# Coronavirus (COVID-19): calculating physical distancing capacity in public settings

Published: 26 Apr 2021
Last updated: 13 May 2021 - see all updates

Guidance on how to work out the maximum number of people who can physically distance within a public setting including businesses, places of worship and public events.

15 page PDF

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15 page PDF

143.5 kB

Contents
Coronavirus (COVID-19): calculating physical distancing capacity in public settings
Methodology

15 page PDF

143.5 kB

## Methodology

A simple way to calculate a rudimentary physical distance based capacity (PDBC) limit for the space (without taking account of fixtures and fittings) would be to:

• divide the available floor space by the space required by each individual (as worked out via one of the methods later in this guidance)

However, this will only provide a starting point as there are many considerations which could increase or decrease this figure, including bringing fixtures and fittings into the mix. Some key considerations are set out below, namely:

• the ability to maximise the capacity by optimising the allocation of seats without breaching physical distancing, for example how you seat household groups could provide more capacity
• where applicable, the ability to monitor and manage people standing/walking who may cluster or migrate in such a way as to breach physical distancing
• the capacity of toilet facilities, concourses/corridors/walkways, which despite the overall reduction in numbers, might require yet further capacity reductions to be made in order to avoid breaches
• the capacity required to ensure access requirements for wheelchair users/those with accessibility needs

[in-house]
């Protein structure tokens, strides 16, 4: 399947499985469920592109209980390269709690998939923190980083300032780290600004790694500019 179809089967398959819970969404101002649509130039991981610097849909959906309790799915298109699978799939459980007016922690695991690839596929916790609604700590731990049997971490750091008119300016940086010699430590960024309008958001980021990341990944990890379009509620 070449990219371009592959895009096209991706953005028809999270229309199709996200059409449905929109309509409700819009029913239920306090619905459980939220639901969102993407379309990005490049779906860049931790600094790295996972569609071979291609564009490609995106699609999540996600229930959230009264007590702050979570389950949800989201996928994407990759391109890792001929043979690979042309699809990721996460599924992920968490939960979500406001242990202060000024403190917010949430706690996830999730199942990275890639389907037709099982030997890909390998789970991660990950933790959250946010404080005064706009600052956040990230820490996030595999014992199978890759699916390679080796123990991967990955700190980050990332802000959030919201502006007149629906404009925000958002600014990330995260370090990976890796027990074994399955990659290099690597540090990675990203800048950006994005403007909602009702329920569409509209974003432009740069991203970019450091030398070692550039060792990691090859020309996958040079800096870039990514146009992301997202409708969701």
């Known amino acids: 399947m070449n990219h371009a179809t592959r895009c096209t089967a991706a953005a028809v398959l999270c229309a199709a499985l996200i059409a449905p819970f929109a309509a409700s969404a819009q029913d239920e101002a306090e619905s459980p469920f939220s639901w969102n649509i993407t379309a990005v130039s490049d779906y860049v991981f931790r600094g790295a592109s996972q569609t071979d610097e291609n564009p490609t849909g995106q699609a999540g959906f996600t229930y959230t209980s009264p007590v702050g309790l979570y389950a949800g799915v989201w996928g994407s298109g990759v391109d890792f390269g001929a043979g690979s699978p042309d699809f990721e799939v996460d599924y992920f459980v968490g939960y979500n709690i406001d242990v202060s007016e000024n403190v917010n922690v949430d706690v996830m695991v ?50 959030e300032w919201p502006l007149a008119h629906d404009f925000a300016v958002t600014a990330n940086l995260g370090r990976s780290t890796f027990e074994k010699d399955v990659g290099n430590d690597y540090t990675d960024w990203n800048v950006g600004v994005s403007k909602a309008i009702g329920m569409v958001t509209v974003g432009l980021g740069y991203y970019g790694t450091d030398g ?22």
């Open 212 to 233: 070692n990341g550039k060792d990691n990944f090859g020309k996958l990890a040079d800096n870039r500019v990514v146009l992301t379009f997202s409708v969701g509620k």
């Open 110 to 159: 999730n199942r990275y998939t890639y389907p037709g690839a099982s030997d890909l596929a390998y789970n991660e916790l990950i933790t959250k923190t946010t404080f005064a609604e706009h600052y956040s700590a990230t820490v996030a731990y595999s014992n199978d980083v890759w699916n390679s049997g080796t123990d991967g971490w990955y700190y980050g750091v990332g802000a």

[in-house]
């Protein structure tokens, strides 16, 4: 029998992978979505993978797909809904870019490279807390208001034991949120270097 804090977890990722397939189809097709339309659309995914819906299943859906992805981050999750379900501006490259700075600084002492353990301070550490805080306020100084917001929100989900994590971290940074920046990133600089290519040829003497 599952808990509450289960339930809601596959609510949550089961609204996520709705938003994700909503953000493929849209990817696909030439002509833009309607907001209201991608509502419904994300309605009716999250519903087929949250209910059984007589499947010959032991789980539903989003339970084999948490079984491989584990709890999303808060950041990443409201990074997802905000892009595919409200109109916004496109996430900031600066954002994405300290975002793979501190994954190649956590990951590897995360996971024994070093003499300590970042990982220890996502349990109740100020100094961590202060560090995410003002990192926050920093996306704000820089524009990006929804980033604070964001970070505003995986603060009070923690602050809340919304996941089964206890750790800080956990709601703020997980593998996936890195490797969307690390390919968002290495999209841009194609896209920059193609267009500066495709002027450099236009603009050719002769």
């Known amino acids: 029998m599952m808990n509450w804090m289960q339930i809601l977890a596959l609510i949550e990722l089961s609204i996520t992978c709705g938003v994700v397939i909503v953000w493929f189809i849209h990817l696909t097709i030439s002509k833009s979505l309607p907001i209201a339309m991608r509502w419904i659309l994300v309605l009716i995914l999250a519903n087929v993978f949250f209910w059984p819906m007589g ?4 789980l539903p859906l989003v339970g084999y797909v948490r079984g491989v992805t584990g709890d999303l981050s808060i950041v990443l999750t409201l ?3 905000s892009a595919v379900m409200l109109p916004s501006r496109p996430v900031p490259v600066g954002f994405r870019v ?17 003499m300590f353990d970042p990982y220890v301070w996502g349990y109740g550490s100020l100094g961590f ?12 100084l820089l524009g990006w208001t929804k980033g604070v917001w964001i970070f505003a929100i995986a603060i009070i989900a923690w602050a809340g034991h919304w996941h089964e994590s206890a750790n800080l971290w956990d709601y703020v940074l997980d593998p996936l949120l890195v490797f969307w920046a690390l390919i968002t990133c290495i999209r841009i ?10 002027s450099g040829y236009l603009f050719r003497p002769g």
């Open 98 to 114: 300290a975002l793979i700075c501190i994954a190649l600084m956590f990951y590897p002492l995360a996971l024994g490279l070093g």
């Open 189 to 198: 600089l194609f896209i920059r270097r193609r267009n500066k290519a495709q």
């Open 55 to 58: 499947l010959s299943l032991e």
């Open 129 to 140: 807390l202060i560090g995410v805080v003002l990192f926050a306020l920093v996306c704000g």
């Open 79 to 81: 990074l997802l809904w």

### Working out the space requirement for an individual

There are two methodologies which can help work out the physically distanced space per person to aid with the calculation. These calculations are based on 2 metre distancing. Premises which are able to use 1 metre should substitute relevant figures into the calculation.

#### Method 1

This method may be used in areas with good ventilation where people are seated for the most part of their stay on the premises, with additional mitigations in place such as check-in requirements.

This method is based upon a 2 metre diameter circle, centred on the head.

• For a person seated, the calculation would be the area of a circle with a 2 metre diameter: Area =π r²   Area = 3.14 x 1²  Area = 3.14m²
• For a person in a standing or walking area using method 1, a square should be used rather than a circle to take account of natural side-to-side movements made while walking/standing. The calculation would be the area of a 2 metre square:

Area = A²  Area = 2²   Area = 4m²

Method 2

Method 2 is recommended in premises where good ventilation and other key mitigations are difficult to achieve, or where people are standing or walking.

This method takes into account the width and depth of an individual's body, so that, when positioned next to another individual, the distance between the two in all directions measures approximately 2 metres.

• for people seated: a 2.5m diameter circle would be used (this is to allow for a typical width of 0.5m for an individual who is seated)
• for people walking or standing: a 2.6m diameter square would be used (this is to allow for the typical width of 0.6m for an individual who is walking or standing, accounting for side-to-side movement)

You may choose to use method 1 in one section and method 2 in another, provided that the sections are separate.

This will allow premises to work out a basic physical distanced based capacity for their seated and standing/walking areas, before taking further necessary considerations as set out in the guidance like seating arrangements, to help set the maximum capacity for the premises.

For more detailed guidance on handling of seated and standing spaces, spectator events and sports grounds, you may wish to see the Supplementary Guidance 02: Planning for Social Distancing at Sports Grounds (sgsa.org.uk) guidance. This provides more detailed guidance for larger arenas. Please note this guidance is set at 1 metre, however you can request a 2 metre version via the Sports Ground Safety Authority website

First published: 26 Apr 2021 Last updated: 13 May 2021 -